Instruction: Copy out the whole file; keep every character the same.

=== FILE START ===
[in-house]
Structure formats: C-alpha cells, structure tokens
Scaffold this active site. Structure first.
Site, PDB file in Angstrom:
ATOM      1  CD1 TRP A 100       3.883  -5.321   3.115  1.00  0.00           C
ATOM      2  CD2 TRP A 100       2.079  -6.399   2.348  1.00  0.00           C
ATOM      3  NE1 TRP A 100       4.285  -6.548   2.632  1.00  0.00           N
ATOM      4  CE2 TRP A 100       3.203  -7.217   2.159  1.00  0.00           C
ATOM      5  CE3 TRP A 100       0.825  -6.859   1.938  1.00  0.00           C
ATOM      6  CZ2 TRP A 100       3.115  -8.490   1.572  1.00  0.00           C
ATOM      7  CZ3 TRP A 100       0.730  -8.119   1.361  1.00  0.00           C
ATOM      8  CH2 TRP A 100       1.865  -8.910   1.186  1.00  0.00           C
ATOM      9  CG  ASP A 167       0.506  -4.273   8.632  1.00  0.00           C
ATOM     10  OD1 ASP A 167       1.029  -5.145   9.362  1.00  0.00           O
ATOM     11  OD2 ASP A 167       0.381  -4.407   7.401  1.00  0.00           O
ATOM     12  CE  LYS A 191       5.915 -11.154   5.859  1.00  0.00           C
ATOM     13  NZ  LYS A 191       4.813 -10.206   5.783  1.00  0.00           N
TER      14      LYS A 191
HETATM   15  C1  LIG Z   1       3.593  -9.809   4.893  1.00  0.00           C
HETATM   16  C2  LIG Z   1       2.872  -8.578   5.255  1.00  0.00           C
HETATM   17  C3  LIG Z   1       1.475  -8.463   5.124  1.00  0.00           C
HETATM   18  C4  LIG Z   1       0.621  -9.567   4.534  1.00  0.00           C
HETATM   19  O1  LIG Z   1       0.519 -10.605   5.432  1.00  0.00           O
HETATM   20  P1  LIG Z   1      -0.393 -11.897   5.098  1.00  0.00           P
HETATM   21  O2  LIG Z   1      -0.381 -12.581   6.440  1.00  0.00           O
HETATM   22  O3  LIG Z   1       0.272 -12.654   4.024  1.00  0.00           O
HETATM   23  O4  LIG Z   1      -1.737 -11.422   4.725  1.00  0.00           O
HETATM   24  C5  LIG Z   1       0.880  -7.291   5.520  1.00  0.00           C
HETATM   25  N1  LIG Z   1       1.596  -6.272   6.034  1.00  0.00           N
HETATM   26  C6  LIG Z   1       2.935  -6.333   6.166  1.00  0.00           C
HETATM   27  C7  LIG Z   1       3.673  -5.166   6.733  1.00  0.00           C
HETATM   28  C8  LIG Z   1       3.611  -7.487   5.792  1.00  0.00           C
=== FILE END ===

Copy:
[in-house]
Structure formats: C-alpha cells, structure tokens
Scaffold this active site. Structure first.
Site, PDB file in Angstrom:
ATOM      1  CD1 TRP A 100       3.883  -5.321   3.115  1.00  0.00           C
ATOM      2  CD2 TRP A 100       2.079  -6.399   2.348  1.00  0.00           C
ATOM      3  NE1 TRP A 100       4.285  -6.548   2.632  1.00  0.00           N
ATOM      4  CE2 TRP A 100       3.203  -7.217   2.159  1.00  0.00           C
ATOM      5  CE3 TRP A 100       0.825  -6.859   1.938  1.00  0.00           C
ATOM      6  CZ2 TRP A 100       3.115  -8.490   1.572  1.00  0.00           C
ATOM      7  CZ3 TRP A 100       0.730  -8.119   1.361  1.00  0.00           C
ATOM      8  CH2 TRP A 100       1.865  -8.910   1.186  1.00  0.00           C
ATOM      9  CG  ASP A 167       0.506  -4.273   8.632  1.00  0.00           C
ATOM     10  OD1 ASP A 167       1.029  -5.145   9.362  1.00  0.00           O
ATOM     11  OD2 ASP A 167       0.381  -4.407   7.401  1.00  0.00           O
ATOM     12  CE  LYS A 191       5.915 -11.154   5.859  1.00  0.00           C
ATOM     13  NZ  LYS A 191       4.813 -10.206   5.783  1.00  0.00           N
TER      14      LYS A 191
HETATM   15  C1  LIG Z   1       3.593  -9.809   4.893  1.00  0.00           C
HETATM   16  C2  LIG Z   1       2.872  -8.578   5.255  1.00  0.00           C
HETATM   17  C3  LIG Z   1       1.475  -8.463   5.124  1.00  0.00           C
HETATM   18  C4  LIG Z   1       0.621  -9.567   4.534  1.00  0.00           C
HETATM   19  O1  LIG Z   1       0.519 -10.605   5.432  1.00  0.00           O
HETATM   20  P1  LIG Z   1      -0.393 -11.897   5.098  1.00  0.00           P
HETATM   21  O2  LIG Z   1      -0.381 -12.581   6.440  1.00  0.00           O
HETATM   22  O3  LIG Z   1       0.272 -12.654   4.024  1.00  0.00           O
HETATM   23  O4  LIG Z   1      -1.737 -11.422   4.725  1.00  0.00           O
HETATM   24  C5  LIG Z   1       0.880  -7.291   5.520  1.00  0.00           C
HETATM   25  N1  LIG Z   1       1.596  -6.272   6.034  1.00  0.00           N
HETATM   26  C6  LIG Z   1       2.935  -6.333   6.166  1.00  0.00           C
HETATM   27  C7  LIG Z   1       3.673  -5.166   6.733  1.00  0.00           C
HETATM   28  C8  LIG Z   1       3.611  -7.487   5.792  1.00  0.00           C